As they work to determine the best way to bring property-tax relief to Nebraskans, state lawmakers are debating a bill this week backed by Governor Pete Ricketts. Legislative Bill 947 would create a refundable tax credit for agricultural and homeowner property taxes that would grow over time, and reduces the top corporate income tax rate about one percentage point over five years. While the measure outlines some property-tax relief, critics say it is nominal for residential property owners and does little to help agricultural landowners now. Jordan Rasmussen with the Center for Rural Affairs contends it misses the mark. “Really, what it offers up is an income-tax cut for our corporations here in the state as opposed to bringing tax relief to our everyday Nebraskans. Moreover, it will create a significant shortfall and gap in the state’s budget over the years that it goes into place.”
The governor says L-B 947 is a reasonable approach to tax relief. Rasmussen argues it does not address low state support for K-12 education, which has increased the need to rely on property taxes. Other opponents point out there are lingering questions over how the plan would be funded.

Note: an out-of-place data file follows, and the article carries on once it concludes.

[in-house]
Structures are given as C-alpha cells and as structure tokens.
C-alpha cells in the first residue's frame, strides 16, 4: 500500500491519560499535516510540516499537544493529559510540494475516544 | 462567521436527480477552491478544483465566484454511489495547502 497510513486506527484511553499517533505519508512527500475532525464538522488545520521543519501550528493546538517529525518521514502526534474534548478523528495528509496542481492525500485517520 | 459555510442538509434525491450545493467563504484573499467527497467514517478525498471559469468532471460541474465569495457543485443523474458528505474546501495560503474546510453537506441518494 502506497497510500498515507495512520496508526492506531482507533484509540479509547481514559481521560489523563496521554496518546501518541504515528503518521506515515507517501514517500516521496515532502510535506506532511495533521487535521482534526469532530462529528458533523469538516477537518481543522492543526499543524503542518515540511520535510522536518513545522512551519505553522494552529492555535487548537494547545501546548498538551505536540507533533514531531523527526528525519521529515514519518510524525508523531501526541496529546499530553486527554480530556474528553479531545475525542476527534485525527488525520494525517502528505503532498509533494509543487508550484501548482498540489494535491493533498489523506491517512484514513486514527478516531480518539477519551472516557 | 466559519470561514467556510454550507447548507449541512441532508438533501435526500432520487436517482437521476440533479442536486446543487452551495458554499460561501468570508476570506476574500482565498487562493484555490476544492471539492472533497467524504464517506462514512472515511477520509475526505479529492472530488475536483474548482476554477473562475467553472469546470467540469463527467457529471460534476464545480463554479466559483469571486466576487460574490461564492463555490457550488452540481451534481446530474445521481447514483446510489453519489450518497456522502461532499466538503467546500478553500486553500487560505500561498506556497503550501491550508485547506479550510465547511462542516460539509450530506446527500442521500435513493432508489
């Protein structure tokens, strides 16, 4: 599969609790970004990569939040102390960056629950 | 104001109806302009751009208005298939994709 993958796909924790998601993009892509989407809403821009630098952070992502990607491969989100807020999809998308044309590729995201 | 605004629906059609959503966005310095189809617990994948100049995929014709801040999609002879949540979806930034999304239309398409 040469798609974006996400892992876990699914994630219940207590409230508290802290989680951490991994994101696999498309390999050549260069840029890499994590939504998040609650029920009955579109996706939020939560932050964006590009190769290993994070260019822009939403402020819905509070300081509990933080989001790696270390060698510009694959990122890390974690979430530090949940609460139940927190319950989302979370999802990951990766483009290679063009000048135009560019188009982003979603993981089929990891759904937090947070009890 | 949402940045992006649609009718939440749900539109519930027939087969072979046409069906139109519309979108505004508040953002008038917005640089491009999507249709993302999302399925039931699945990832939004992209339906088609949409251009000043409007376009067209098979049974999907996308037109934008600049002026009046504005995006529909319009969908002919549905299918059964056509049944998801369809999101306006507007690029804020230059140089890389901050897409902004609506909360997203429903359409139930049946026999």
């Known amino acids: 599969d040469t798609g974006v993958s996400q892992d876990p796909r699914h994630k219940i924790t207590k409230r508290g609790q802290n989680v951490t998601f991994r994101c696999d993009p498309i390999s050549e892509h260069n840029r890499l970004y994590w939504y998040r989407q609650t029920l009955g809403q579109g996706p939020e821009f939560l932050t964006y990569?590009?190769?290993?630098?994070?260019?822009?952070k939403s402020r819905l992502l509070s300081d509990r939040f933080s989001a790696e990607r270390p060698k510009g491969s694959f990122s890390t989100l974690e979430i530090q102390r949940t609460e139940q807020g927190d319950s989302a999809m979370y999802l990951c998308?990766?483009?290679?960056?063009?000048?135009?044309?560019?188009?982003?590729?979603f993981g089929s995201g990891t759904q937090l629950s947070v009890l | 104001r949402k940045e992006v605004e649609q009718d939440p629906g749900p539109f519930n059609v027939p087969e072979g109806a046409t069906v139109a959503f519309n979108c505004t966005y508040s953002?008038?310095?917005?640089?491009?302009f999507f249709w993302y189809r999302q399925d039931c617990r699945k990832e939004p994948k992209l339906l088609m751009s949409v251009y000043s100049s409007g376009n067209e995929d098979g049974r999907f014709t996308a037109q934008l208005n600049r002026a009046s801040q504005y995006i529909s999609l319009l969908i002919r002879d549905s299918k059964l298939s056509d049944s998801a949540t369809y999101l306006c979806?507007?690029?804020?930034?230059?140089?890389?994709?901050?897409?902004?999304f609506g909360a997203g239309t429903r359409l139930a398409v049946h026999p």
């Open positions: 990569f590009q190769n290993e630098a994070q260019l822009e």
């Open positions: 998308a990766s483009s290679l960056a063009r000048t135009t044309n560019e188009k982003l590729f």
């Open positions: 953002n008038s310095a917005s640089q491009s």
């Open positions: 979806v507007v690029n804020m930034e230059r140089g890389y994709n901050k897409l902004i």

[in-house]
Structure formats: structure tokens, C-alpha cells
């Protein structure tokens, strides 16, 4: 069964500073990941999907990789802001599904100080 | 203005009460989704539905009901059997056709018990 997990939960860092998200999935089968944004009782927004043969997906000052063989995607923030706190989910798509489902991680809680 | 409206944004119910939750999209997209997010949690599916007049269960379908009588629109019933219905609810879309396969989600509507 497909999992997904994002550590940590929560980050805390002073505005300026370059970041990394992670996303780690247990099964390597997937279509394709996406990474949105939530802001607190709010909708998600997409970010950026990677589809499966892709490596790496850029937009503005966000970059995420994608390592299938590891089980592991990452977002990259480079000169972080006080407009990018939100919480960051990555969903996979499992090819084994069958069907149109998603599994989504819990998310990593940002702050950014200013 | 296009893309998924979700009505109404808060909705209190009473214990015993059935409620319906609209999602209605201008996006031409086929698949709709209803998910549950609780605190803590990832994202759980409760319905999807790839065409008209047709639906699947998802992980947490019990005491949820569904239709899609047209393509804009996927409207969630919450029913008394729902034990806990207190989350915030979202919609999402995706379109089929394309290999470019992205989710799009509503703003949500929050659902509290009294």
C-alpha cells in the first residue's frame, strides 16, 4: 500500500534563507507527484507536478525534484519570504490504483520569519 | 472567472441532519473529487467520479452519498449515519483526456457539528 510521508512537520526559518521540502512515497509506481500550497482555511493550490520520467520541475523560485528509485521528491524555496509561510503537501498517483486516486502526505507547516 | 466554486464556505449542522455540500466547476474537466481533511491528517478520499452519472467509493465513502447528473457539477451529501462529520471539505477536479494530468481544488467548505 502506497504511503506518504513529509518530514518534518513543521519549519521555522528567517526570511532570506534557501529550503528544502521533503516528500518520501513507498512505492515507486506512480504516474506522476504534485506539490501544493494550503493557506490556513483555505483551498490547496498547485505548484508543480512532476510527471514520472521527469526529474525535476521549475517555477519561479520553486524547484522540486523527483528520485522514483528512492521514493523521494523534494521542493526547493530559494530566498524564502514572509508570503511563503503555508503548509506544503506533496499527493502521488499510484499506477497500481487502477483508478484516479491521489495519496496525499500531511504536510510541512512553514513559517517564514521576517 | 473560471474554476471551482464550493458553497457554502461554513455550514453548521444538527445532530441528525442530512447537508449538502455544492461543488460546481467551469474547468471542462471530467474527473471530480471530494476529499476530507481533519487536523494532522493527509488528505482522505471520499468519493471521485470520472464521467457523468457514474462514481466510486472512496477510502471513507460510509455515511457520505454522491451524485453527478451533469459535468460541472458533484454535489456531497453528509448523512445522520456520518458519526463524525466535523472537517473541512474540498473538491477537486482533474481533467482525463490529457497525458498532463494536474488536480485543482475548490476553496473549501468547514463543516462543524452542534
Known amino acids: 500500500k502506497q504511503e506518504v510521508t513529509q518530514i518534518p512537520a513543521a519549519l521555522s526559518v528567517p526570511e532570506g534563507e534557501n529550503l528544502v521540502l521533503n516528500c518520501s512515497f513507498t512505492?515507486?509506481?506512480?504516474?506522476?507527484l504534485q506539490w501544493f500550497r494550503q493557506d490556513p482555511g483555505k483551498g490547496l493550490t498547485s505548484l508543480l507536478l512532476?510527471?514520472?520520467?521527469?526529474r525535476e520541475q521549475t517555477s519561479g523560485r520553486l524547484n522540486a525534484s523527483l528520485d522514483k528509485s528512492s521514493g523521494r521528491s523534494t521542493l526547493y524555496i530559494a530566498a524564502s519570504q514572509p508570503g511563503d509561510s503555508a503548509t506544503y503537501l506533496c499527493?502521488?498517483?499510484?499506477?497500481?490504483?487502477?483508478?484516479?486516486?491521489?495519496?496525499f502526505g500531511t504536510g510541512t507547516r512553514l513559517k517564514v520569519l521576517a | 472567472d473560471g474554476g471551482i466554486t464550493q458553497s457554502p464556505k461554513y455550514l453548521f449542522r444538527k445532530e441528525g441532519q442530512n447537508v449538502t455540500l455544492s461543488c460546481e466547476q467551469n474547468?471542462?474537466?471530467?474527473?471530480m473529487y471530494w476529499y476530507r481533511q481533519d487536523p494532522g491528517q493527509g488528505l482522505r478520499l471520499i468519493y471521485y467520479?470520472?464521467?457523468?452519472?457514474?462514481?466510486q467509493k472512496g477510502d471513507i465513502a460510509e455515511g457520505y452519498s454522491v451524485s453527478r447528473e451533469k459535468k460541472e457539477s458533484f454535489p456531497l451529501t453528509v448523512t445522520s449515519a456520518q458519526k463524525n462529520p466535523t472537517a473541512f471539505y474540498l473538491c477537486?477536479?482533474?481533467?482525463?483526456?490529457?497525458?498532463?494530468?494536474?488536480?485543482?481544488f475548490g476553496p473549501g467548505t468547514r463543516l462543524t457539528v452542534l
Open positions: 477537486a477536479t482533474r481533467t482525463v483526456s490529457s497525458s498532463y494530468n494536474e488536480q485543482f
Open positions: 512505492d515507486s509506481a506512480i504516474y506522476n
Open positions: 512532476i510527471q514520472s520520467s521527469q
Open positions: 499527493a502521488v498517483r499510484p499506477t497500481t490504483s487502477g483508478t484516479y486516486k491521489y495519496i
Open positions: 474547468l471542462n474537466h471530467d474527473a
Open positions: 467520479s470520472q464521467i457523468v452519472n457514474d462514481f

L-B 947 would cost the state nearly 650 million dollars when fully implemented. And Rasmussen explains it would take dollars out of the cash reserve fund. “Those are our rainy-day funds for when something truly problematic comes up, and this is not the instance to be making use of that. It’s just very unsound policy that’s being brought forward.”
The Center for Rural Affairs is among groups supporting the principles outlined in L-B 1084. Rasmussen explains they would modernize the tax code by striking the balance needed between property, sales and income taxes.”Rural Nebraskans, they are in need of property tax relief but they’re not asking to sidestep the responsibility to help fund schools and services that uphold their communities. These assets are important in rural Nebraska. They’re just simply asking for balance in the ways the state meets its obligations to pay for education.”
Agriculture and educational groups in the state helped draft L-B 1084, which expands the sales tax base, eliminates loopholes and keeps school spending growth at a minimum.